HealthCare Roundtable e-News – November 14, 2022


Top News

GOP to Increase Oversight on Medicare Drug Price Negotiations if Republicans Flip the House

If the House of Representatives flips to GOP control in the 118th Congress, Republican leadership plans (subscription required) to scrutinize implementation of the drug price controls in the Inflation Reduction Act. As of Friday afternoon, control of the House and Senate have yet to be called, but Republicans are favored to take back the House. Republicans on the House Energy & Commerce and Ways & Means Committees recently asked the Department of Health and Human Services (HHS) to provide monthly reports on what the Centers for Medicare & Medicaid Services (CMS) is doing to implement the Medicare drug price negotiations. Republican leaders on health-related committees may require agency heads to testify, too. According to lobbyists, the drug industry may try to get CMS to create price floors and exempt certain drug classes from negotiation. CBO expects the drug makers to raise launch prices to offset losses form price-inflation rebates and the Medicare price negotiation. However, Republicans are not expected to repeal the law.


PTO and FDA Announce Joint Listening Session on Drug Patent Collaboration Efforts

The Patent and Trademark Office (PTO) announced it will host a listening panel with the Food and Drug Administration (FDA) in January to discuss joint plans to combat drug patent abuse. Last year, President Joe Biden signed an executive order directing the two agencies to work together on curbing drug company patent practices that delay competition and increase prices. Last summer, the Senate Judiciary Committee passed bipartisan legislation to form a task force that coordinates efforts between the PTO and FDA. The agencies are requesting stakeholder comments to understand inform their implementation procedures. Specifically, they are looking to stakeholders to determine what publicly available FDA resources should be included when training PTO patent examiners, how PTO and FDA should reinforce their collaboration and information exchange, what policy considerations the agencies should explore regarding the method of use patents and associated FDA use codes, and the patenting of drug Risk Evaluation and Mitigation Strategies.

Congressional Action

Top Republicans in line to chair important healthcare committees have stated (subscription required) that they intend to focus on how the Centers for Medicare and Medicaid Services (CMS) implements the drug pricing provisions included in the Inflation Reduction Act, but are not expected to attempt repealing the law. Control of the House has yet to be called, but Republicans may win the House by a small margin. 


The Medicare Payment Advisory Commission (MedPAC) held its November public meeting to discuss a number of issues related to Medicare payment policy. The Commission discussed a range of topics, such as differences in quality measure results across Medicare populations, how to support Medicare safety-net hospitals, and standardizing Medicare Advantage plans’ non-Medicare supplemental benefits. Click here to access Healthsperien’s comprehensive summary.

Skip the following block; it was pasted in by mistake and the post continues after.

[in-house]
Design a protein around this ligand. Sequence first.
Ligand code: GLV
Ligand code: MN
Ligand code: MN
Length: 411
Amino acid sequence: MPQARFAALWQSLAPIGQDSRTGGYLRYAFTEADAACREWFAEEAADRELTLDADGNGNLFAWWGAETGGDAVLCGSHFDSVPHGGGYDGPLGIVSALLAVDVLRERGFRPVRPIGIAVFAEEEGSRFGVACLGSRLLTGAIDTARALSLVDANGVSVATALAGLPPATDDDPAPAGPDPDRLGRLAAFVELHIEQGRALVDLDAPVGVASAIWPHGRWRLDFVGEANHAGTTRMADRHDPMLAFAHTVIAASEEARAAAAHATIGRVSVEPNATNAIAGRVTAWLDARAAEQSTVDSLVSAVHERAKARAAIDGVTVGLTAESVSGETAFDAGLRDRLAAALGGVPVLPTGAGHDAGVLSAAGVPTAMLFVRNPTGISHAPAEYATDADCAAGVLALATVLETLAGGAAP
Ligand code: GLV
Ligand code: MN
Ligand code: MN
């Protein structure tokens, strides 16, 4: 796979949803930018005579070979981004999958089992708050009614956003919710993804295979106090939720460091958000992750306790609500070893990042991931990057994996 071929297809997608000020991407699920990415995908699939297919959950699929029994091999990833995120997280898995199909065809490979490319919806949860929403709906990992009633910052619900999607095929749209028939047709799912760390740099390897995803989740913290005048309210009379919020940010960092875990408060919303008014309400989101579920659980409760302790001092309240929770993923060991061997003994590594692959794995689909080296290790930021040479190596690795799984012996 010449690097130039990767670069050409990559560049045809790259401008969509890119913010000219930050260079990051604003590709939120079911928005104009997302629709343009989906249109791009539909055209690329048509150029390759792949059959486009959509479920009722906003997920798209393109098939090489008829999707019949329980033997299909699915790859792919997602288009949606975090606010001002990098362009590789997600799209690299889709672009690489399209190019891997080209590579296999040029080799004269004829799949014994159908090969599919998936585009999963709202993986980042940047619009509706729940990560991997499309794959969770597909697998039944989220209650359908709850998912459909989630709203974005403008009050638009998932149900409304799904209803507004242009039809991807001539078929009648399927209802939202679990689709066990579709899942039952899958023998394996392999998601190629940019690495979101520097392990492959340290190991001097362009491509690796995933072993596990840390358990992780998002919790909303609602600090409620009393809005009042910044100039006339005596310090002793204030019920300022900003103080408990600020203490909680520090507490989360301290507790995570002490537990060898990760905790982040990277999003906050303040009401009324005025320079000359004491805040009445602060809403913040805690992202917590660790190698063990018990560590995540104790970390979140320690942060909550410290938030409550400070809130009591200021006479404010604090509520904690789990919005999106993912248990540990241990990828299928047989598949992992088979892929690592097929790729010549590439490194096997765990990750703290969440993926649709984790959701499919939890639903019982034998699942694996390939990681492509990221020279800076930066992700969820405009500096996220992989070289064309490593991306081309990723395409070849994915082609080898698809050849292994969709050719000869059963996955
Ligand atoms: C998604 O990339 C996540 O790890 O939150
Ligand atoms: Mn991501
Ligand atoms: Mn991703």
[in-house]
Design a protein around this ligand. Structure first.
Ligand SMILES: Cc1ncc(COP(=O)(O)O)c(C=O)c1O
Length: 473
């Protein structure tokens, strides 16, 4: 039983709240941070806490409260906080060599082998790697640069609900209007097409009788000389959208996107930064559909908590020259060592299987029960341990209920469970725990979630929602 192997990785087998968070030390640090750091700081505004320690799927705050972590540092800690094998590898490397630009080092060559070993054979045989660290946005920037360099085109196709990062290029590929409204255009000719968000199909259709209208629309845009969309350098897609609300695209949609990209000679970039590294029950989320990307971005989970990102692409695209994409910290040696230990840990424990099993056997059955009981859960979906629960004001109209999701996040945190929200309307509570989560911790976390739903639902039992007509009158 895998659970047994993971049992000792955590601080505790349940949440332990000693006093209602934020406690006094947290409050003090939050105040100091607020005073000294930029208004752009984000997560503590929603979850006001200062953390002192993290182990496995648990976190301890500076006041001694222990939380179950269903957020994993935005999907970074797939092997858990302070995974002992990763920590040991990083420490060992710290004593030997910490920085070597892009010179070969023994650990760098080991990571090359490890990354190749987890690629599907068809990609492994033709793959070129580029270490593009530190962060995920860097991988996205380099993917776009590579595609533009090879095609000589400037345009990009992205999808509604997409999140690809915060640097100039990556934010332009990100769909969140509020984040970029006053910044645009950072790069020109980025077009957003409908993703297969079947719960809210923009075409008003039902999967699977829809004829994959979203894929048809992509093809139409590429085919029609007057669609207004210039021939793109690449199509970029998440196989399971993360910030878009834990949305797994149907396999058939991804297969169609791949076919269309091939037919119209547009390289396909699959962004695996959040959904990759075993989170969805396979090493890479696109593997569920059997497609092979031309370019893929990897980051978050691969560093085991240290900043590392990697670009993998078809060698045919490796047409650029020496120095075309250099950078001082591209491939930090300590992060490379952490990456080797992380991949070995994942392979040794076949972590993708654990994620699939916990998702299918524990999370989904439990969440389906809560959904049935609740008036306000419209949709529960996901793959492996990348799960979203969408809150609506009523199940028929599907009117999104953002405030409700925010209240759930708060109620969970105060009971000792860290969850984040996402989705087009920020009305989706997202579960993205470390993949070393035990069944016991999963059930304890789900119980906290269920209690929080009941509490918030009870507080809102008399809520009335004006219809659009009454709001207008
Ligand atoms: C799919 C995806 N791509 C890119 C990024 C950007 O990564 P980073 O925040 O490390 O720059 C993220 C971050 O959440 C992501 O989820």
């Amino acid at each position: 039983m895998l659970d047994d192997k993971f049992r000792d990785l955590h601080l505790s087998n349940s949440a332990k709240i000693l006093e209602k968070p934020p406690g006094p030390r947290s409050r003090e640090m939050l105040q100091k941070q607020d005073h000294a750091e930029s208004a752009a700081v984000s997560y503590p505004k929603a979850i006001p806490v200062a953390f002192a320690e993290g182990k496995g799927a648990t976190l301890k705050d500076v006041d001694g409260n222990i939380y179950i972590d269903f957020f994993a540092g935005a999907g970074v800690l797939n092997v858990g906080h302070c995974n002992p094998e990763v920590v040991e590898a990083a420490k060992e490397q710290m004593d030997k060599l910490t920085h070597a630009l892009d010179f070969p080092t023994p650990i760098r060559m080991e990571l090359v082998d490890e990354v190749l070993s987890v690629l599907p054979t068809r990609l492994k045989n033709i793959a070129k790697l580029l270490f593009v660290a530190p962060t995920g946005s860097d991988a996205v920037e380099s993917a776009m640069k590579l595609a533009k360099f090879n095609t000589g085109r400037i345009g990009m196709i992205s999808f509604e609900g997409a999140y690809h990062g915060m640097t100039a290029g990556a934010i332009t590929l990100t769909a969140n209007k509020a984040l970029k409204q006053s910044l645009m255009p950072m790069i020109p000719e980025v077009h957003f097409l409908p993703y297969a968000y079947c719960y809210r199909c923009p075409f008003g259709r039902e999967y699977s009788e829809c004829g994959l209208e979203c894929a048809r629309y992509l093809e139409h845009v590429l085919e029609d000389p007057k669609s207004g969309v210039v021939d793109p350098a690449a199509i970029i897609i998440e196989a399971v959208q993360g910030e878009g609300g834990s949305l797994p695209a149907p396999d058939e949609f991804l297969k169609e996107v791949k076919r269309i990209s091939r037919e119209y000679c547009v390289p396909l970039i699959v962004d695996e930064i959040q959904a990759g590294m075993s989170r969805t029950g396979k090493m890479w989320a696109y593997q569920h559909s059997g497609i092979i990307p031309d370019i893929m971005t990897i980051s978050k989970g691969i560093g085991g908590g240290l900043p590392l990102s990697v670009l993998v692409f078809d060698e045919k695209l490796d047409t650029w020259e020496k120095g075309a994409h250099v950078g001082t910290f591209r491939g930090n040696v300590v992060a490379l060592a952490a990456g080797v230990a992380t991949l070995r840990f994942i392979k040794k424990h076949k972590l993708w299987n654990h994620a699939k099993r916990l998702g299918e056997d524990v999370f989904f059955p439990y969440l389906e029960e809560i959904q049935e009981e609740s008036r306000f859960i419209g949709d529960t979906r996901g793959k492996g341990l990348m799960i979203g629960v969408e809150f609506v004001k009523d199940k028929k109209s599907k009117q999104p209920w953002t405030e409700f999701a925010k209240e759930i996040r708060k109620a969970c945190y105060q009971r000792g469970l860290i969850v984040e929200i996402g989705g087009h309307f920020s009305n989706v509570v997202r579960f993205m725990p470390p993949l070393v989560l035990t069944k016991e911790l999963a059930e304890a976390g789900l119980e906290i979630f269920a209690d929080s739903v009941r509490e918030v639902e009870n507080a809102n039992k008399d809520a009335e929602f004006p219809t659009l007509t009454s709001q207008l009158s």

• HHS released a proposed rule modifying standards for electronic retail pharmacy transactions and a subrogation standard under HIPAA, which currently outlines requirements for how state Medicaid agencies seek reimbursement for pharmacy claims from a corresponding health plan. The rule seeks to improve interoperability, improve patient care, and provide better data for drug utilization monitoring.

  • The Medicaid and CHIP Advisory Commission (MACPAC) released a comment letter on a CMS proposed rule aiming to streamline Medicaid and CHIP eligibility, enrollment, and renewal processes. In their letter, MACPAC expresses broad support for the rule while also considering administrative burdens on states due to the impending redetermination process after the end of the COVID-19 Public Health Emergency (PHE).

  • MACPAC released another letter outlining ways the agency could advance health equity and assess the effects of PHE waivers and flexibilities. Some of MACPAC’s recommendations included collecting race and ethnicity data as well as setting benchmarks for different populations, such as people of color and incarcerated individual, which would address existing data gaps and access issues among Medicaid beneficiaries. 


The U.S. Supreme Court heard oral arguments in Health & Hospital Corporation of Marion County (HHC) v. Talevski, which raises the issue of whether Medicaid beneficiaries can seek recourse on state compliance with federal Medicaid rules, specifically the Federal Nursing Home Reform Act (FNHRA), which establishes minimum standards for nursing facilities to participate in Medicaid. If the Court decides individuals do not have the right to sue, the decision would overturn five decades of judicial precedent.


The CMS Innovation Center released a one-year report on the implementation of its refreshed strategic vision and objectives—originally announced in fall 2021. The one-year report outlines actions taken by CMS and CMMI to work toward better care for beneficiaries, through greater accountability for high-quality, person-centered care, more coordinated care, advancing health equity, increased access to care, and promoting transparency.


Cigna—through its subsidiary Evernorth Health Services—launched the Evernorth Vitality Index, billed as a “next generation” measure of patient health. The new measure uses eight elements of a patient’s health—physical, spiritual, emotional, environmental, social, occupational, financial, and intellectual—to better gauge a patient’s overall mental and physical health. Cigna plans to use this data to identify and address challenges to patient health to improve long-term health and well-being—including improved work and life engagement.